Arguably, the 2012 election was when BuzzFeed emerged as a news organization, and the Boston Marathon bombing came the year after. A lot of people have suggested it was the moment when BuzzFeed’s news operation came into its own, and there was a sense that it knew what it was doing better than anybody. It seemed surprising. Was it surprising for you?
Well, the big surprise for me was that this horrific thing happens in Boston and we immediately saw our front-page traffic go up. At the time, BuzzFeed was really mostly known for lists and quizzes and cute animals, and the pundit class was basically saying, “People don’t want news from BuzzFeed. They want news on a serious news site, and you have all this entertainment content.” And yet our audience, our millennial audience, was saying, “Oh, I read BuzzFeed every day. I wonder what they are saying or what they can tell me about what’s happening in this Boston thing.” We were moving to an environment where news and entertainment were mixed together more and where people were used to consuming content in these feeds.
I was reading something you wrote on BuzzFeed around this time, about whether the reader should buy Facebook stock, and it contained this explanation of the history of the Internet — moving from portals like AOL to search engines to social media. Was the 2010s the decade of social?
Yeah. The internet started out with not a very deep metric for engagement, which is impressions. The first advertising on the internet was banner ads, and you couldn’t really tell if anyone saw them or not. It was just, “Oh, this image was served a bunch of times.” That built Yahoo and was how a lot of publishing worked. Then you saw that Google figured out you could actually look at whether someone clicked. What was a kind of superficial metric of impressions turned into a deeper metric of clicks. Then Facebook was able to say, “Well, sharing is an even deeper connection because you’re saying something that isn’t just worth clicking on for yourself.” That added social validation and the people in your life to the internet. So it went from being solitary to being a group thing and social thing.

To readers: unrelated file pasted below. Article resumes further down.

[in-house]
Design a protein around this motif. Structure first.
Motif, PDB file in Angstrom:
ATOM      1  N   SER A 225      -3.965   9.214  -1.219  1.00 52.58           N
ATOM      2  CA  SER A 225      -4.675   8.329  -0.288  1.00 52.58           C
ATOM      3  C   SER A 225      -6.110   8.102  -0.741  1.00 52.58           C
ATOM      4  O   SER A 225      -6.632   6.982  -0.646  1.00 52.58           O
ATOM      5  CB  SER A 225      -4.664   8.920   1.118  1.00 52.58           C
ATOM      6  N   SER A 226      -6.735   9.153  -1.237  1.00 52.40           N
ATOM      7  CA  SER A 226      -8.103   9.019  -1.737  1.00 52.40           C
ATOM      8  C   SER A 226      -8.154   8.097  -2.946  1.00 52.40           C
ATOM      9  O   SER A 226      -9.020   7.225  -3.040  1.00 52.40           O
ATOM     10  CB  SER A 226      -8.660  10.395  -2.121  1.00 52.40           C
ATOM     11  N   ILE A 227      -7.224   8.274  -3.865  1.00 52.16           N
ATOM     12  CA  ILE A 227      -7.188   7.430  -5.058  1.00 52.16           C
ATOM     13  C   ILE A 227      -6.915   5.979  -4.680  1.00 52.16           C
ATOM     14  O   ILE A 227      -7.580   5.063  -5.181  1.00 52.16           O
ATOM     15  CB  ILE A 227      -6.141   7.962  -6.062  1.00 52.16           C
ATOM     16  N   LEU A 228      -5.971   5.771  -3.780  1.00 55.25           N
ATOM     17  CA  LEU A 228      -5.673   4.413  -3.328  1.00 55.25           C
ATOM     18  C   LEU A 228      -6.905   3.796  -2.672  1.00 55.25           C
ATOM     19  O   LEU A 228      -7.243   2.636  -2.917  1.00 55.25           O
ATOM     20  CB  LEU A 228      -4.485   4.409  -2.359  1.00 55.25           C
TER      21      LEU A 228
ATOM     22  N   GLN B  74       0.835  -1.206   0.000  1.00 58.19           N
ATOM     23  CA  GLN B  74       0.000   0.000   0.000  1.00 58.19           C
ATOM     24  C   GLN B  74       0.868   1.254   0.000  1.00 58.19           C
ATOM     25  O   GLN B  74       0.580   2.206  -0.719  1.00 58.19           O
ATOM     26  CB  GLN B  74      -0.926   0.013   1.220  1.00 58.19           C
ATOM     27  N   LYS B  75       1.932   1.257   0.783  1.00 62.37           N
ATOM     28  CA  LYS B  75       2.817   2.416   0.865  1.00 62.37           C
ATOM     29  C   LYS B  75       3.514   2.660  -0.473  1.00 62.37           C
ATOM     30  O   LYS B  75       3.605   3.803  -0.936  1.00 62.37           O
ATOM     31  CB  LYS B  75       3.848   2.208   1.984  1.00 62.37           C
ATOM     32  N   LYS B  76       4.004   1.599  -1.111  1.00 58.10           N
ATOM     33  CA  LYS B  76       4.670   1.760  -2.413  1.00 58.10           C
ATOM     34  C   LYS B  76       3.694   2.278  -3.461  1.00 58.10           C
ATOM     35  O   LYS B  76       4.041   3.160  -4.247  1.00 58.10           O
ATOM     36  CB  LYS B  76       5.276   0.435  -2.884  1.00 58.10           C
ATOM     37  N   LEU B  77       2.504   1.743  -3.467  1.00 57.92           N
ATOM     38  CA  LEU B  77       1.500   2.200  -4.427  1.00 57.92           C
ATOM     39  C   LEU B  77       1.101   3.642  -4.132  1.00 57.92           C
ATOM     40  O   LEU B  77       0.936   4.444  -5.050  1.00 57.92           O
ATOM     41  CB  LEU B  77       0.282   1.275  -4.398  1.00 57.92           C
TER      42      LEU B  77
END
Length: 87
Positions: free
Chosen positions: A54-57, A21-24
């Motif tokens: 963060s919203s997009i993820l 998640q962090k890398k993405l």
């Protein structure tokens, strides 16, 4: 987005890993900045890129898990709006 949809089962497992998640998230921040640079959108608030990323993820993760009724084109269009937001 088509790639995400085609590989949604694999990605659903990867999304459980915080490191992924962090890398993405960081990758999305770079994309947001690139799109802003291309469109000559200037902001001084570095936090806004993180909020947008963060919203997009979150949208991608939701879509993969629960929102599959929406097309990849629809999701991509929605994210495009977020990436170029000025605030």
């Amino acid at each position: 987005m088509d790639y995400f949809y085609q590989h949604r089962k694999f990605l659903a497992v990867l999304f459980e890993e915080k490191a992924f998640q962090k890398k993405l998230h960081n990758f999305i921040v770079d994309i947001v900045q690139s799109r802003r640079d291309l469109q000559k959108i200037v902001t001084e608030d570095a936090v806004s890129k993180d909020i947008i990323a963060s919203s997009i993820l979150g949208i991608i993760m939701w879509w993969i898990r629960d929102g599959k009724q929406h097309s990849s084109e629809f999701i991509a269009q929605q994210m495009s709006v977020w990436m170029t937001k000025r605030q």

It also involves a lot of surveillance.
To me, the promise of it is not just surveillance of people to make more money off them. The promise of it is, it’s like a live musician who performs at a concert is going to get the energy from the crowd, and they’re going to have that back-and-forth sense of what’s happening. To me, that’s the biggest difference between making anything, where you make a product and then it just gets sent out to the masses, and working on the internet, where you make something and immediately there’s all these comments and people on Twitter saying things and it’s getting shared, maybe a lot, maybe a little. You immediately realize that what you created is being perceived and understood a certain way by different people, and then that affects what you write the next time. That’s had a really fundamental shift on how content is made and how media companies think about, you know, making content.
It’s like live performance in the sense that you’re riffing with the audience. If you’re a stand-up comic and you have a joke and you tell it and no one laughs, you say, Oh, I got to rework that joke. And you try it a different way and you add a little thing, and then you notice, Oh, they laughed. They laughed at the wrong part. Why was that? Oh, maybe that’s because there’s another thing that’s funny in it. And then you end up with a great joke. And I think that doesn’t make you a bad stand-up comic; that makes you a good stand-up comic, just so long as you don’t just pander to the audience, that you actually have a voice or a vision or something you want to communicate.